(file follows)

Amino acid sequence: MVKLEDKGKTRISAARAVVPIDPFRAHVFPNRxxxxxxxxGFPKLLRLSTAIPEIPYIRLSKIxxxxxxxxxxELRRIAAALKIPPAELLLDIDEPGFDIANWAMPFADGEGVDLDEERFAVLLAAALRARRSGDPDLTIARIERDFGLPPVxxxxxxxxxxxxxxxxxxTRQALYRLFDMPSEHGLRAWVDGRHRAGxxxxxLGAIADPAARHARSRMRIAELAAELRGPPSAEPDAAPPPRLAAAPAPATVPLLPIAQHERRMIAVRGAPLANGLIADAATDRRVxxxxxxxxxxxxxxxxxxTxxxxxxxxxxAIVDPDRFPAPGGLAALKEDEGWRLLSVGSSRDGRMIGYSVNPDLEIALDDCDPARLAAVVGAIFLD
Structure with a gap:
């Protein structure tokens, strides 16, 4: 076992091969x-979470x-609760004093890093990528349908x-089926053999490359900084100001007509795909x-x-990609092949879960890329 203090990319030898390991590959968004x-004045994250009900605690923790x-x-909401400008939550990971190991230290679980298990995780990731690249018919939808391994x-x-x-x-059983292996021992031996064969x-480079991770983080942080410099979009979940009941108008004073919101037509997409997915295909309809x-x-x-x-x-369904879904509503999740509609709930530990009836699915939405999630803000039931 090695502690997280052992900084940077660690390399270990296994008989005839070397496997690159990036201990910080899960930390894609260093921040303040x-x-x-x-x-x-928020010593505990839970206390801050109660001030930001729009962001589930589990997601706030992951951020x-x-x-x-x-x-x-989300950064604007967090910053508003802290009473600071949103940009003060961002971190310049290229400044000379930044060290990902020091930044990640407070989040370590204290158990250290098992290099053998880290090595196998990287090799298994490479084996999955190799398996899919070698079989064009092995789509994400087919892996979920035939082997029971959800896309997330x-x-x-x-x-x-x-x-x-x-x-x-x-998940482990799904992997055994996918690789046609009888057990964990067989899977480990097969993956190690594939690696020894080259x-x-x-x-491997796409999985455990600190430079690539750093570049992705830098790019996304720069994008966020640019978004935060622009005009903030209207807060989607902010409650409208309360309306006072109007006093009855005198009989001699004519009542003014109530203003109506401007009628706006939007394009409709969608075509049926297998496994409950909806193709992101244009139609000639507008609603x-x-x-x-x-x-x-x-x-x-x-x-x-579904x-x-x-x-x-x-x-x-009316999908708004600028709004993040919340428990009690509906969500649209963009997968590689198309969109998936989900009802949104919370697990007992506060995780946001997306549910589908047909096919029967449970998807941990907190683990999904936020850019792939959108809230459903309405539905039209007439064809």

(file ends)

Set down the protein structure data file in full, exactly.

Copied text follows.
Amino acid sequence: MVKLEDKGKTRISAARAVVPIDPFRAHVFPNRxxxxxxxxGFPKLLRLSTAIPEIPYIRLSKIxxxxxxxxxxELRRIAAALKIPPAELLLDIDEPGFDIANWAMPFADGEGVDLDEERFAVLLAAALRARRSGDPDLTIARIERDFGLPPVxxxxxxxxxxxxxxxxxxTRQALYRLFDMPSEHGLRAWVDGRHRAGxxxxxLGAIADPAARHARSRMRIAELAAELRGPPSAEPDAAPPPRLAAAPAPATVPLLPIAQHERRMIAVRGAPLANGLIADAATDRRVxxxxxxxxxxxxxxxxxxTxxxxxxxxxxAIVDPDRFPAPGGLAALKEDEGWRLLSVGSSRDGRMIGYSVNPDLEIALDDCDPARLAAVVGAIFLD
Structure with a gap:
């Protein structure tokens, strides 16, 4: 076992091969x-979470x-609760004093890093990528349908x-089926053999490359900084100001007509795909x-x-990609092949879960890329 203090990319030898390991590959968004x-004045994250009900605690923790x-x-909401400008939550990971190991230290679980298990995780990731690249018919939808391994x-x-x-x-059983292996021992031996064969x-480079991770983080942080410099979009979940009941108008004073919101037509997409997915295909309809x-x-x-x-x-369904879904509503999740509609709930530990009836699915939405999630803000039931 090695502690997280052992900084940077660690390399270990296994008989005839070397496997690159990036201990910080899960930390894609260093921040303040x-x-x-x-x-x-928020010593505990839970206390801050109660001030930001729009962001589930589990997601706030992951951020x-x-x-x-x-x-x-989300950064604007967090910053508003802290009473600071949103940009003060961002971190310049290229400044000379930044060290990902020091930044990640407070989040370590204290158990250290098992290099053998880290090595196998990287090799298994490479084996999955190799398996899919070698079989064009092995789509994400087919892996979920035939082997029971959800896309997330x-x-x-x-x-x-x-x-x-x-x-x-x-998940482990799904992997055994996918690789046609009888057990964990067989899977480990097969993956190690594939690696020894080259x-x-x-x-491997796409999985455990600190430079690539750093570049992705830098790019996304720069994008966020640019978004935060622009005009903030209207807060989607902010409650409208309360309306006072109007006093009855005198009989001699004519009542003014109530203003109506401007009628706006939007394009409709969608075509049926297998496994409950909806193709992101244009139609000639507008609603x-x-x-x-x-x-x-x-x-x-x-x-x-579904x-x-x-x-x-x-x-x-009316999908708004600028709004993040919340428990009690509906969500649209963009997968590689198309969109998936989900009802949104919370697990007992506060995780946001997306549910589908047909096919029967449970998807941990907190683990999904936020850019792939959108809230459903309405539905039209007439064809």